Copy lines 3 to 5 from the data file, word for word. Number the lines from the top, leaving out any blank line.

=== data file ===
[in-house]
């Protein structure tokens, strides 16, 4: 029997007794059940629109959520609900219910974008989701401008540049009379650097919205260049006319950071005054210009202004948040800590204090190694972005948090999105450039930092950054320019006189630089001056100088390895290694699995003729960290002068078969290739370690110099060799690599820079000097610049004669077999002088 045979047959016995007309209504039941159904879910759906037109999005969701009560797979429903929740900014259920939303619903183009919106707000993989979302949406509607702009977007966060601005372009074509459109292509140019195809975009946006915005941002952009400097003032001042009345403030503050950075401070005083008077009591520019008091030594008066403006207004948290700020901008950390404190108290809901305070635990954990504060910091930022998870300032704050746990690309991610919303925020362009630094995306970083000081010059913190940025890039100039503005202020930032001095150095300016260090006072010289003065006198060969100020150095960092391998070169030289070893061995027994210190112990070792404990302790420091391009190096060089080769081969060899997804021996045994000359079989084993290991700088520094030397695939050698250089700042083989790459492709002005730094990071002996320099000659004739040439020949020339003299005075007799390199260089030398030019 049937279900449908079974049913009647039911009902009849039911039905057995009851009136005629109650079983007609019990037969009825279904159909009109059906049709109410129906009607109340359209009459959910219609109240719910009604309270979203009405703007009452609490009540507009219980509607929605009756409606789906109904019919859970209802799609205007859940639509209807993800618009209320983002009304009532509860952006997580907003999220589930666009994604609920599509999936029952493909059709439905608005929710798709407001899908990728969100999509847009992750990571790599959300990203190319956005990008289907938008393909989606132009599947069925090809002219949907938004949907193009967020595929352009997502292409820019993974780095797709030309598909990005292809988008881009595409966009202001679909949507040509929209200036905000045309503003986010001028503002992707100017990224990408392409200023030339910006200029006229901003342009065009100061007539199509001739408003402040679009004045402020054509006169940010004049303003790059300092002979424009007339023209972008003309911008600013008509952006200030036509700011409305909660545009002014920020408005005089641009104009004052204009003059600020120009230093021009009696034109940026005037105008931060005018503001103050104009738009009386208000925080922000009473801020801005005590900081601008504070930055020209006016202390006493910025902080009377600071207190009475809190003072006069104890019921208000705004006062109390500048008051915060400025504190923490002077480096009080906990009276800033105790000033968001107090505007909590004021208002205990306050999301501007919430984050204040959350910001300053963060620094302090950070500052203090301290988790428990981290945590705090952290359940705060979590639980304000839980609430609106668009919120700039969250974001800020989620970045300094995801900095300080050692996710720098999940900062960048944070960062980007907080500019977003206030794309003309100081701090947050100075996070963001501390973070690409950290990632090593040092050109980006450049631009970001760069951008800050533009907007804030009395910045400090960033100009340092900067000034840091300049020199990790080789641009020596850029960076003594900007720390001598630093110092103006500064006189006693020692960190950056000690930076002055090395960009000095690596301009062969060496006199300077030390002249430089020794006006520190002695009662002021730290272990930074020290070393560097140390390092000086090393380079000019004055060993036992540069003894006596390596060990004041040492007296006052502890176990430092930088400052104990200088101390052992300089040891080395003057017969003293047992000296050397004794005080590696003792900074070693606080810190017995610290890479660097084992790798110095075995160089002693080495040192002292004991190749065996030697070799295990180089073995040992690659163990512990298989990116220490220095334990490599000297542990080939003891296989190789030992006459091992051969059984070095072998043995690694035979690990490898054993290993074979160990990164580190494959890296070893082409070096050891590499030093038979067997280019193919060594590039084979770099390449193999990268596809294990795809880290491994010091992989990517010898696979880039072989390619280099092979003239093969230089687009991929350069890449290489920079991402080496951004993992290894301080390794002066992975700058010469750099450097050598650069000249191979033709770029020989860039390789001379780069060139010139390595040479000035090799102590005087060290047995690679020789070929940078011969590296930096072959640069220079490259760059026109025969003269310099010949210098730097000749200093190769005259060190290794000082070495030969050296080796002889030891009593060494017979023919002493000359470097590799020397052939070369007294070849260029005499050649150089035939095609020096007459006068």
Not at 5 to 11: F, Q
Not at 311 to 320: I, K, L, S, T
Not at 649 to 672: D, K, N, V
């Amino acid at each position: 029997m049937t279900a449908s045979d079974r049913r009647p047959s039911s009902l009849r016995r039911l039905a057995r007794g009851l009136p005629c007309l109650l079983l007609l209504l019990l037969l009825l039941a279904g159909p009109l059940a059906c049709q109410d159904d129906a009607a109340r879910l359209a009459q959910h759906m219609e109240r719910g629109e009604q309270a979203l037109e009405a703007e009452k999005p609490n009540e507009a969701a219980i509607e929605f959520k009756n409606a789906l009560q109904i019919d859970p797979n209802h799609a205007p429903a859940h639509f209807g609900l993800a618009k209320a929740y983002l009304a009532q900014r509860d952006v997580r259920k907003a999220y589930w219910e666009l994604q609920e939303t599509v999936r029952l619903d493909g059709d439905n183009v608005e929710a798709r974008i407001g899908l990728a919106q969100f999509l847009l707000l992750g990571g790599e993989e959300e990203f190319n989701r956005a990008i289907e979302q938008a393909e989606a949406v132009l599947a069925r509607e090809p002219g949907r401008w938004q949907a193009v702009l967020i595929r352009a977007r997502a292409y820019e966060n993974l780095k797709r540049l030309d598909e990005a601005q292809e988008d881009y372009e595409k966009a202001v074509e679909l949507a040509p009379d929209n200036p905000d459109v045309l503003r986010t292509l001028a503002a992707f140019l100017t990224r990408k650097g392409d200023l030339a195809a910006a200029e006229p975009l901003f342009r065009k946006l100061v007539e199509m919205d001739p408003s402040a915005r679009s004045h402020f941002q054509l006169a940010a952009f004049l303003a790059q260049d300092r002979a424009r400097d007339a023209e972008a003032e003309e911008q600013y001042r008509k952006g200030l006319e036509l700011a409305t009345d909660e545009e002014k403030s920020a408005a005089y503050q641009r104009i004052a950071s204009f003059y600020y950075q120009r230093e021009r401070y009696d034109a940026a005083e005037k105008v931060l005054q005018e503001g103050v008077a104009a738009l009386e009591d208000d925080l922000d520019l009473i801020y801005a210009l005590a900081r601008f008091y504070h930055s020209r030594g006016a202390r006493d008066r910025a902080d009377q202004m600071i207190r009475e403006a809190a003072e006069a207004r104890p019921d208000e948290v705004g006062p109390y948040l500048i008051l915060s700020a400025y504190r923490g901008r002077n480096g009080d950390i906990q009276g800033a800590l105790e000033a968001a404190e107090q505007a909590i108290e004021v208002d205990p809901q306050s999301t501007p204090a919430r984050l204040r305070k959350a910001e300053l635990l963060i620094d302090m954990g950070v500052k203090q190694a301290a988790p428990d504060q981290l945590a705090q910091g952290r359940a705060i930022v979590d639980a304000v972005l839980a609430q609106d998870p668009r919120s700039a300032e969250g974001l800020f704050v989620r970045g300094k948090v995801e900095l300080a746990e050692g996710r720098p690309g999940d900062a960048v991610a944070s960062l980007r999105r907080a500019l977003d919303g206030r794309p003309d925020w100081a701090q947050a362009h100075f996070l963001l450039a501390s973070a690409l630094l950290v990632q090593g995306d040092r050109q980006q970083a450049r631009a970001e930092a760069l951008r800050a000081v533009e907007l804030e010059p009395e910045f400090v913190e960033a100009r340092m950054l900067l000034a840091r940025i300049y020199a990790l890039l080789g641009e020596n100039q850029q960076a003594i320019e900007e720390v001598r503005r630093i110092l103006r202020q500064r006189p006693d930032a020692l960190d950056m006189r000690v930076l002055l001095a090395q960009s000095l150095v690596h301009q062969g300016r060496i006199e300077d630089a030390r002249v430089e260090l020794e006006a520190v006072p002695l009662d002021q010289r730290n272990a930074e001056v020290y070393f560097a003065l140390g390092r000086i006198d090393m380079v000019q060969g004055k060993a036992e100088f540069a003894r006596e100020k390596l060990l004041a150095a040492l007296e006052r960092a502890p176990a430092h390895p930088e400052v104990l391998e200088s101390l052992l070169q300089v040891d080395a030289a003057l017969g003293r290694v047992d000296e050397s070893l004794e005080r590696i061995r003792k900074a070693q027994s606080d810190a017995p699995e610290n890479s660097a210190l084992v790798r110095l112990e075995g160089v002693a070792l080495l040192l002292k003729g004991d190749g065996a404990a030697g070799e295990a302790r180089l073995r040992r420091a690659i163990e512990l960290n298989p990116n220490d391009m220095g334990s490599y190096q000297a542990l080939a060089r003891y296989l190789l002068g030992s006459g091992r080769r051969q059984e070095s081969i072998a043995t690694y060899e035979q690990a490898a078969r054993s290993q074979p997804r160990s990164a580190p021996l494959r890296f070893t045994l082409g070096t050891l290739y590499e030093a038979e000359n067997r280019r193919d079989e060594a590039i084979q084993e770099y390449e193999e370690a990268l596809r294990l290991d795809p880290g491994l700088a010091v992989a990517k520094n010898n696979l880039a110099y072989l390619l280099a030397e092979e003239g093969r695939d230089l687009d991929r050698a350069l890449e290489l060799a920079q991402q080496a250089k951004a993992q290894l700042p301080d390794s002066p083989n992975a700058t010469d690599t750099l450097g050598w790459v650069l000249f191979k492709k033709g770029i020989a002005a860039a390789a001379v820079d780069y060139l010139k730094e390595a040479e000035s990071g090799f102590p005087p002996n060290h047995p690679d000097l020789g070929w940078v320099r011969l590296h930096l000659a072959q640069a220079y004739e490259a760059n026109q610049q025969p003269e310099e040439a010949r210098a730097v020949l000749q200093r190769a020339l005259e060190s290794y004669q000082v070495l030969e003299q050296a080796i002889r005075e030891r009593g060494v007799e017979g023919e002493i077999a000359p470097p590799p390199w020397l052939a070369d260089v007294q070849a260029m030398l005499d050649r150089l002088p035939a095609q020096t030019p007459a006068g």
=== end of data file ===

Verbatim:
Not at 5 to 11: F, Q
Not at 311 to 320: I, K, L, S, T
Not at 649 to 672: D, K, N, V